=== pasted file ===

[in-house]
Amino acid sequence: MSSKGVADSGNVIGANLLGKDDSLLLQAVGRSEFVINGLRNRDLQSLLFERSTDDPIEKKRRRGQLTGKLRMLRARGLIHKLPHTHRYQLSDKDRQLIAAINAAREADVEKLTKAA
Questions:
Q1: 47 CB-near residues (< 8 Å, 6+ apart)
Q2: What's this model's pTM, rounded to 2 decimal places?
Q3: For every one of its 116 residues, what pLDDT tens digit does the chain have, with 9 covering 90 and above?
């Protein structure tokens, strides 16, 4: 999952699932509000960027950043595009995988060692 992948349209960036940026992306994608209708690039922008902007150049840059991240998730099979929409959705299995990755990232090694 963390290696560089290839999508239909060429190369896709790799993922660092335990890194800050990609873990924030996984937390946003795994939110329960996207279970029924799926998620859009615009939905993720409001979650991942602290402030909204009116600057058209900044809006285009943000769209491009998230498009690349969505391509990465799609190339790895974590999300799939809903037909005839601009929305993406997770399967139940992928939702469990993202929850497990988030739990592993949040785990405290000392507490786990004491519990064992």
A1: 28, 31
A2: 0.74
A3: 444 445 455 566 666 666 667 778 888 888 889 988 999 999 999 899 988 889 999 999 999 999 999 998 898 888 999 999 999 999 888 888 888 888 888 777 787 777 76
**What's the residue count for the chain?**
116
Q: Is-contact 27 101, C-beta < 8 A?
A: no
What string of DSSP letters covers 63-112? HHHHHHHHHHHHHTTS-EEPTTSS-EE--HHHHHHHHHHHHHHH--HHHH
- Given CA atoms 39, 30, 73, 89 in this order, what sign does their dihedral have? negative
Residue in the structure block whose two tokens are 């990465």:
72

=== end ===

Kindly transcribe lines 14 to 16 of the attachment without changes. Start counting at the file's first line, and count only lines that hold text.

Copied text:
A: no
What string of DSSP letters covers 63-112? HHHHHHHHHHHHHTTS-EEPTTSS-EE--HHHHHHHHHHHHHHH--HHHH
- Given CA atoms 39, 30, 73, 89 in this order, what sign does their dihedral have? negative